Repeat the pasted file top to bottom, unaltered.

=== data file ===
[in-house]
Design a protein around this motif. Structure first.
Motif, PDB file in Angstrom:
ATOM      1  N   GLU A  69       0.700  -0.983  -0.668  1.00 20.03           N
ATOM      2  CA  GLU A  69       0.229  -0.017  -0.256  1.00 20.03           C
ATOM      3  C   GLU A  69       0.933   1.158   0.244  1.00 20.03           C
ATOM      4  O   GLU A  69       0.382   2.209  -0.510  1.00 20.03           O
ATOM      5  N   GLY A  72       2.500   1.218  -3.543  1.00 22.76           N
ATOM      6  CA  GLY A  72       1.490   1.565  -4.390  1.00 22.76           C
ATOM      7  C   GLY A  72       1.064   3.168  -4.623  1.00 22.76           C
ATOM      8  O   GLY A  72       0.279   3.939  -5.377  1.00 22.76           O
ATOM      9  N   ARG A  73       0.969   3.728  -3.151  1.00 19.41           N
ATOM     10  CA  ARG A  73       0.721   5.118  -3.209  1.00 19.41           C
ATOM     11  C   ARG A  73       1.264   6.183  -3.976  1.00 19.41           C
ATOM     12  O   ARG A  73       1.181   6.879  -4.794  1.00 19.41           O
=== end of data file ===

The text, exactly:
[in-house]
Design a protein around this motif. Structure first.
Motif, PDB file in Angstrom:
ATOM      1  N   GLU A  69       0.700  -0.983  -0.668  1.00 20.03           N
ATOM      2  CA  GLU A  69       0.229  -0.017  -0.256  1.00 20.03           C
ATOM      3  C   GLU A  69       0.933   1.158   0.244  1.00 20.03           C
ATOM      4  O   GLU A  69       0.382   2.209  -0.510  1.00 20.03           O
ATOM      5  N   GLY A  72       2.500   1.218  -3.543  1.00 22.76           N
ATOM      6  CA  GLY A  72       1.490   1.565  -4.390  1.00 22.76           C
ATOM      7  C   GLY A  72       1.064   3.168  -4.623  1.00 22.76           C
ATOM      8  O   GLY A  72       0.279   3.939  -5.377  1.00 22.76           O
ATOM      9  N   ARG A  73       0.969   3.728  -3.151  1.00 19.41           N
ATOM     10  CA  ARG A  73       0.721   5.118  -3.209  1.00 19.41           C
ATOM     11  C   ARG A  73       1.264   6.183  -3.976  1.00 19.41           C
ATOM     12  O   ARG A  73       1.181   6.879  -4.794  1.00 19.41           O